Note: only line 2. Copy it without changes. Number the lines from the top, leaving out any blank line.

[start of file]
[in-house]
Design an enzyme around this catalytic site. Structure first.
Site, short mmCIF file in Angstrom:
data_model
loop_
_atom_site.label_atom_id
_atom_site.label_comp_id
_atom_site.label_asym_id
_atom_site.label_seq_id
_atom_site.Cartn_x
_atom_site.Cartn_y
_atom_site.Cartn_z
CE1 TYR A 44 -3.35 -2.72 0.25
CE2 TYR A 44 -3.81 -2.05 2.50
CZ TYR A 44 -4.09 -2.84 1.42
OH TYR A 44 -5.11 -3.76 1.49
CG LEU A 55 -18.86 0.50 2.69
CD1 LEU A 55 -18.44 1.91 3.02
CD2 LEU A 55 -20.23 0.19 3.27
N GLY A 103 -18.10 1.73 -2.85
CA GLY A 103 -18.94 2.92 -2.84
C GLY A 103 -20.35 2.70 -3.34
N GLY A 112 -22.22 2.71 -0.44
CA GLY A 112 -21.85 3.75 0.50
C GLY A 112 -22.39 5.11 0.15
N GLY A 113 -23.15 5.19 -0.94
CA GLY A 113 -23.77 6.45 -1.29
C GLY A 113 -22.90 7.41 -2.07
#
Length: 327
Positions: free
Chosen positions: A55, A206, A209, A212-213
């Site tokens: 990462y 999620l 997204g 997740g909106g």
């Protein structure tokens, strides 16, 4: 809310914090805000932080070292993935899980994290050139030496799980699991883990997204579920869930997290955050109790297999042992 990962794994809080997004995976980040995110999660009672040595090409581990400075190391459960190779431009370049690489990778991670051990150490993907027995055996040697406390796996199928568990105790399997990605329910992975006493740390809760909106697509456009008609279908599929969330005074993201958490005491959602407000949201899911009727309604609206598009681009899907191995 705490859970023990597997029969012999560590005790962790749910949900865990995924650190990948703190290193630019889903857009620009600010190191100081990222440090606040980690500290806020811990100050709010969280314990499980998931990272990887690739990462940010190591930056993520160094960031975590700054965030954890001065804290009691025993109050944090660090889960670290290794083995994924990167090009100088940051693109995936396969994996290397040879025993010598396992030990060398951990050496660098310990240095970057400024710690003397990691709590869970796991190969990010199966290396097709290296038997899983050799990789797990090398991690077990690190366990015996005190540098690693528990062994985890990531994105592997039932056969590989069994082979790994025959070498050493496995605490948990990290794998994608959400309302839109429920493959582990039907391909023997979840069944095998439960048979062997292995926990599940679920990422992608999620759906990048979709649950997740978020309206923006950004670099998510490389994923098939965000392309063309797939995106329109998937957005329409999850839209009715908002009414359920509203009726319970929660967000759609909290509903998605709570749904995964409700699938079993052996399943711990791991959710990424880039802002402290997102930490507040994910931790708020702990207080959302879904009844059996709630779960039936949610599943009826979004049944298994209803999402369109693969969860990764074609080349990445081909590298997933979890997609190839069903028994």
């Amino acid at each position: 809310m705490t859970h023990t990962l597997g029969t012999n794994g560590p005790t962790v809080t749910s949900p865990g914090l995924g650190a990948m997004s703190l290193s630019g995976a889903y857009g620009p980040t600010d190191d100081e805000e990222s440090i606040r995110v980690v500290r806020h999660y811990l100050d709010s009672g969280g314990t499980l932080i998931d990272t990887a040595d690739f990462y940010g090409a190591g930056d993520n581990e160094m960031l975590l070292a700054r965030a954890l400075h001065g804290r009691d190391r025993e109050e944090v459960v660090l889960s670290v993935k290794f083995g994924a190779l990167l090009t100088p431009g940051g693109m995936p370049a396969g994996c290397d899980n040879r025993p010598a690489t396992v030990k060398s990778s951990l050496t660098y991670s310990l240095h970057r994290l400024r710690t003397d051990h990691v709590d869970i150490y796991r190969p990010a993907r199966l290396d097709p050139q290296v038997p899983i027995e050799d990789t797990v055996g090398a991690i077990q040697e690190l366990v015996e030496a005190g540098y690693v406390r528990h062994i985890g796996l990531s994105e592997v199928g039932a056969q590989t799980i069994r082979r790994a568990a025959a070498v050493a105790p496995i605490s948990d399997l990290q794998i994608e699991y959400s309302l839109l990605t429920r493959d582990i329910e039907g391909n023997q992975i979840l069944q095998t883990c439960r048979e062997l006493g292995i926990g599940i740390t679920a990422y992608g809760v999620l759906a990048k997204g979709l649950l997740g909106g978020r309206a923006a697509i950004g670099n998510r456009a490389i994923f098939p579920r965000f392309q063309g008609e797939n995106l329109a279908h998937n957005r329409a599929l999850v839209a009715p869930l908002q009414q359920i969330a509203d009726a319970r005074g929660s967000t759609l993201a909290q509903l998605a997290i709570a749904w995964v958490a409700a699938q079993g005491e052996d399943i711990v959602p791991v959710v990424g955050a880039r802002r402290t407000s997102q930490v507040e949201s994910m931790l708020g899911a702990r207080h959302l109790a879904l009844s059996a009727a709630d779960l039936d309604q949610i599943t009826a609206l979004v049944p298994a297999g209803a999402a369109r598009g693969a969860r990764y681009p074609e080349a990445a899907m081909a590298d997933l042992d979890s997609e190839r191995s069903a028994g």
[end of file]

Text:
Design an enzyme around this catalytic site. Structure first.